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To track the path of the economy you need to know your indicators

By Leonard H. LempertSpecial to The Christian Science Monitor / November 2, 1982



Now is the time to know whether an economic indicator leads, coincides with, or lags the economy. Without knowing these differences, you will be hopelessly lost as to whether the economy is going up or down. Knowing the differences, you will recognize that in September (the latest month for which data are readily available), the economy was still moving downward, with prospects rising of its turning around.

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Judging the direction of the economy at this time has been especially difficult with the November election upon us.

Republicans are quick to tell you the unemployment rate is a ''lagging'' indicator; it should be expected to grow worse for a while even if the economy as a whole has turned upward.

Democrats are quick to tell you that employment is a ''coincident'' indicator; as long as it is going down, the economy is going down.

The stock market is up, housing permits are up, the money supply is up, industrial production is down, the prime interest rate is down, plant and equipment expenditures are down, initial unemployment claims are worsening, commercial and industrial loans are increasing, etc. So which way is the economy going?

You have to understand that some economic measures traditionally move up before the economy does. New orders for consumer goods, for example, move up before the production of consumer goods does.

Other economic measures move up after the economy does. Inventories, for example, do not begin to rise until after production has increased.

None of these relationships are hard and fast and without exceptions. Nevertheless, a list of the more consistent leading, coinciding, and lagging indicators has been compiled to help assess what is going on at any particular time.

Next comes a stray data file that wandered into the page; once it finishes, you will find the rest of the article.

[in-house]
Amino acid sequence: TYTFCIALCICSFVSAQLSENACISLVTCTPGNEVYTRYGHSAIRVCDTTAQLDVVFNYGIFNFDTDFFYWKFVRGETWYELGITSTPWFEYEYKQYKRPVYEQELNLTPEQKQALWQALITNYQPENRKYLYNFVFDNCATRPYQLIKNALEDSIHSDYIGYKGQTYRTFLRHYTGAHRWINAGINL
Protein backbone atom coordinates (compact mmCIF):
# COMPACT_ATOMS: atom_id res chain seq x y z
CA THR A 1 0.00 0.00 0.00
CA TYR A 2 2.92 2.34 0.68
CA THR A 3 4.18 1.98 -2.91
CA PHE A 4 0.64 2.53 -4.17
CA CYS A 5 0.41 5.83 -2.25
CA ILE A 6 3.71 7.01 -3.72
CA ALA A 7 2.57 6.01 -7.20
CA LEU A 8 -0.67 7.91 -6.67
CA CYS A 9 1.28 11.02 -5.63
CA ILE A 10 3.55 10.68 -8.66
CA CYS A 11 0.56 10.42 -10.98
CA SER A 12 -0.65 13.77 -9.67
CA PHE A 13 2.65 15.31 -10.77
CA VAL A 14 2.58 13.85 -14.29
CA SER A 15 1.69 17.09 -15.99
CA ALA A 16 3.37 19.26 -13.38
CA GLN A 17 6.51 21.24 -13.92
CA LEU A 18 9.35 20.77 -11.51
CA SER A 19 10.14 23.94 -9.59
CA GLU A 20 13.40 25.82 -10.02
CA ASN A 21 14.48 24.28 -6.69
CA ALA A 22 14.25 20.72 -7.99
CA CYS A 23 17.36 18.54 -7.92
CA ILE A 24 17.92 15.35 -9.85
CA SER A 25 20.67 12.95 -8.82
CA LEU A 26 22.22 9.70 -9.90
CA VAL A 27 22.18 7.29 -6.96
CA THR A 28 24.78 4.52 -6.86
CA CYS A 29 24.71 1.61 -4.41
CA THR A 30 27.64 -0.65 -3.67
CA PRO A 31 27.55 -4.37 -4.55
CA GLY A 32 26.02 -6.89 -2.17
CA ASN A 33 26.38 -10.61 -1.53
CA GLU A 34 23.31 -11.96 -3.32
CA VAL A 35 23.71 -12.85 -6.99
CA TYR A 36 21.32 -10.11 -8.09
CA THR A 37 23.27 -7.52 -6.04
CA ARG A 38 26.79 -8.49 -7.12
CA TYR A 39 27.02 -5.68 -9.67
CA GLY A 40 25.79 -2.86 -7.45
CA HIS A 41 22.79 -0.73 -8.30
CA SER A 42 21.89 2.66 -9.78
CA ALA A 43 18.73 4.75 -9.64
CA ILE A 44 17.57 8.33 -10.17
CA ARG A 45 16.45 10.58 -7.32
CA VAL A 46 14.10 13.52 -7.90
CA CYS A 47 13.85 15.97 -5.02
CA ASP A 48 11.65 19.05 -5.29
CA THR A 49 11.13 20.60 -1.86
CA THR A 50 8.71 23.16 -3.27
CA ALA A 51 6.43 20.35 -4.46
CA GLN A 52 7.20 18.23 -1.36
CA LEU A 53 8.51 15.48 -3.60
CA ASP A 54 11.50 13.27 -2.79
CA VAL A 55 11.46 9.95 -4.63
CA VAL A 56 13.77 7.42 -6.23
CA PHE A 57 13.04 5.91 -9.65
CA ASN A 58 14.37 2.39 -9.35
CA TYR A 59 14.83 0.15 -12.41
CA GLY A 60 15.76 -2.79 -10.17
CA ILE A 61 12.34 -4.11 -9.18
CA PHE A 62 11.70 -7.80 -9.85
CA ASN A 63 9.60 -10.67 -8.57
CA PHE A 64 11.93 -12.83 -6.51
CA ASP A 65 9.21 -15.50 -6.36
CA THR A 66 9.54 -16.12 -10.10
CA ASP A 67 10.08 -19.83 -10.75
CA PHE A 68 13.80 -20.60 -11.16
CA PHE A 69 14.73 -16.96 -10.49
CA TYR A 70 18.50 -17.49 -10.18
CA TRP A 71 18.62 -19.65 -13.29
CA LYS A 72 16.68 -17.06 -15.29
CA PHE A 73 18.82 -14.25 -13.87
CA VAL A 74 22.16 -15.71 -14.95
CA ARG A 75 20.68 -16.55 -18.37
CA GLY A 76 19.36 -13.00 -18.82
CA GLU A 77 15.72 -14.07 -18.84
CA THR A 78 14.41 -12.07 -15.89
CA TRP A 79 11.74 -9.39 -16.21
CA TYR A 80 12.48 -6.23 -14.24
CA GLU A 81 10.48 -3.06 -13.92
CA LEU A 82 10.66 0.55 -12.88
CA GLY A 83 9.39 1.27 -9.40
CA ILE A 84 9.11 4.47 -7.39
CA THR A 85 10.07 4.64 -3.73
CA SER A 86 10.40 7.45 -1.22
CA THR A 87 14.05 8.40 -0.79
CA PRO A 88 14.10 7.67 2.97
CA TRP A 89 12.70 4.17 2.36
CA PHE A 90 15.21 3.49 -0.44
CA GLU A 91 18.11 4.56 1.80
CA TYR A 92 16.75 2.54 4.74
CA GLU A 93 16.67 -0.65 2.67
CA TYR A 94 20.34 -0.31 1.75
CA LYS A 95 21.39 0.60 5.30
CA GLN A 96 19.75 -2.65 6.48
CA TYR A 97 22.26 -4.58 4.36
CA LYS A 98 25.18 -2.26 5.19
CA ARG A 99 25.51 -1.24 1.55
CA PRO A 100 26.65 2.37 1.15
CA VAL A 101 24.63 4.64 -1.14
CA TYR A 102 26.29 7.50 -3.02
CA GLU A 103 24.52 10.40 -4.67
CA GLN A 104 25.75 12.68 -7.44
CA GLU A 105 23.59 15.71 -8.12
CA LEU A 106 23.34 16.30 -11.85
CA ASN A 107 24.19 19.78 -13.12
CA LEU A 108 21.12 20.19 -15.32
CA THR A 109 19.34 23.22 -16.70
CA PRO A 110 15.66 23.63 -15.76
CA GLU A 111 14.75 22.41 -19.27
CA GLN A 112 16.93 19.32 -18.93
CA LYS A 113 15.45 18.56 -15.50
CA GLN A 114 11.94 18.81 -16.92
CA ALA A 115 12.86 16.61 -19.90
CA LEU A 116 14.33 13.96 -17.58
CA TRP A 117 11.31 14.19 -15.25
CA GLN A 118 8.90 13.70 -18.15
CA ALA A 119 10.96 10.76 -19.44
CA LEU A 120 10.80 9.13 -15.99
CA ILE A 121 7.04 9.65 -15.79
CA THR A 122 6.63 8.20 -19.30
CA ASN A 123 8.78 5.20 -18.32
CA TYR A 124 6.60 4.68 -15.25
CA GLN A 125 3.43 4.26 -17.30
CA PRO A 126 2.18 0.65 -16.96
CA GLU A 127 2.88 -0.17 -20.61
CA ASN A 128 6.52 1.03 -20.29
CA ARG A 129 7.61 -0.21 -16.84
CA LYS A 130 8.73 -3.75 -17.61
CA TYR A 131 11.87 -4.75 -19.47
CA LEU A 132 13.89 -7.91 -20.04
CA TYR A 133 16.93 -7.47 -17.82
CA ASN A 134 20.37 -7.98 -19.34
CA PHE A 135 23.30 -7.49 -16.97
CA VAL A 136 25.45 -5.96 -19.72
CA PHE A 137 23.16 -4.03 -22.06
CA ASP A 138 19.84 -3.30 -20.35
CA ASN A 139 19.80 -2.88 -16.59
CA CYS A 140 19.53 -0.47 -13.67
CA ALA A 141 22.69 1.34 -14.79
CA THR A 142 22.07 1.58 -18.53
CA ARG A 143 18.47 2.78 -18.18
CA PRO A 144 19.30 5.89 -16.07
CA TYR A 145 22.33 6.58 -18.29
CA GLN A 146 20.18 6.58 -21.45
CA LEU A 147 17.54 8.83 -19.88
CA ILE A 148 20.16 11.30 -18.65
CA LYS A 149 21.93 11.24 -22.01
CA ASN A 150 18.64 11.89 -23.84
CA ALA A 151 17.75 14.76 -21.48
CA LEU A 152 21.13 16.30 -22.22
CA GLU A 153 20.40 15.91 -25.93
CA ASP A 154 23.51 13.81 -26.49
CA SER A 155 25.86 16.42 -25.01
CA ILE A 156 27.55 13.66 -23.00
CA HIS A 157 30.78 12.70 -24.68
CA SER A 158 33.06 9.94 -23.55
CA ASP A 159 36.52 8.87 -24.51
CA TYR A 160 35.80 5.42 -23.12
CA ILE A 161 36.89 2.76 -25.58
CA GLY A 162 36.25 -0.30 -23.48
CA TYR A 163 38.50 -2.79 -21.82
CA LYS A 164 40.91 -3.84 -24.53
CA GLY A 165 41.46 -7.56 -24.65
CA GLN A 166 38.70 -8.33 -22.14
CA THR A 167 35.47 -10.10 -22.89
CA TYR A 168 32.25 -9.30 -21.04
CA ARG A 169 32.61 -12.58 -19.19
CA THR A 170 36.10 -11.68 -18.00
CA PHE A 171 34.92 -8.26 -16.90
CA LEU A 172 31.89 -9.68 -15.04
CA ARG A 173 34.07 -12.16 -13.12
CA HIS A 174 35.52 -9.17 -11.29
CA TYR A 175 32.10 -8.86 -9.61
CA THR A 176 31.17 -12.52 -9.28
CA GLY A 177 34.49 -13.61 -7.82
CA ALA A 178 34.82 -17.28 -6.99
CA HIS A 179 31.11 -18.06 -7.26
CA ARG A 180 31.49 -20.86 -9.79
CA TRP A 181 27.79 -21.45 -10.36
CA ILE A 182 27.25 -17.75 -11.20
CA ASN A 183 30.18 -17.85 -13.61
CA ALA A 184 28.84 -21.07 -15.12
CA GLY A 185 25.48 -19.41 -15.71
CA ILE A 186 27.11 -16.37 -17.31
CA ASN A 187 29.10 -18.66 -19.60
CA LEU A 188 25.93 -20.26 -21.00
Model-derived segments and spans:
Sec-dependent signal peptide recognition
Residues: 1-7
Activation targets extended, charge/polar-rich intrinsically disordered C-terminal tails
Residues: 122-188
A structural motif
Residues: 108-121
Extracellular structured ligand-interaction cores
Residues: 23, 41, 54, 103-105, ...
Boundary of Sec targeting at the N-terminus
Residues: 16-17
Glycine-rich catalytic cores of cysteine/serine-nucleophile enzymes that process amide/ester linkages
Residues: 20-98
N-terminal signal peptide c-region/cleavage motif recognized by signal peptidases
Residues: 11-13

You must distinguish between an indicator's behavior before a recession and before a recovery in the economy. An improvement in the unemployment rate does lag an improvement in the economy. But a worsening in the unemployment rate leads a worsening in the economy.

Right now we are interested in what an economic indicator's timing is relative to the beginning of an economic recovery. Let's consider some of the more popular indicators and their average post-World War II performances.

* Leading indicators.

Stock prices. The monthly Standard & Poor 500-stock index moves upward four months before the economy.

Housing permits (a variation of housing starts) moves upward five months before the economy.

The M-2 deflated money supply moves upward four months before the economy.

Deflated retail sales are designated officially as a leading indictor, but the leads before the last two recoveries were short-lived, and there were no leads before the three recoveries preceding the last two. (More a coincident.) Consumer spending is overrated as preparing the economy for a move upward.

* Coincident indicators.

Real GNP moves upward two months before the economy. (A roughly coincident indicator.)

Deflated personal income moves up a month before the economy. (Roughly coincident.)

Industrial personal income moves up a month before the economy. (Roughly coincident.)

Industrial production moves upward exactly at the same time as the economy; nonagricultural employment a month later. (Both coincident.)

* Lagging indicators.

The unemployment rate improves four months after the economy.

The prime interest rate moves up 17 (yes, 17) months after the economy, on average. Its virtually simultaneous rise at the end of the 1980 recession was extraordinary and a major factor in the 1980-81 recovery's being cut short.

Plant and equipment spending moves up three months after the economy. Business investment, then, is not a prime mover in the turn from recession to recovery.

With this information you can put together a soaring stock market, declining industrial production, a worsening unemployment rate, falling interest rates, lackluster consumer spending, and declining capital spending and recognize an economy that is in the late stage of a recession, just before or some months before the economy begins to recover.

At this stage, commentary as to the strength of an expected recovery is pretty much pure conjecture. This accounts for the myriad views on the recovery's strength.

There is some basis historically for the idea that the more severe the recession, the more rapid the ensuing recovery in the early stages but the longer it takes to regain prerecession levels.

The last recovery (1980-81) was so unusually short and mild that the current recession has seen many economic indicators fall below their lows in the previous recession. Such a phenomenon has never occurred before in the post-World War II years. It means an unusually strong recovery will be necessary to resume long-term economic growth in the United States.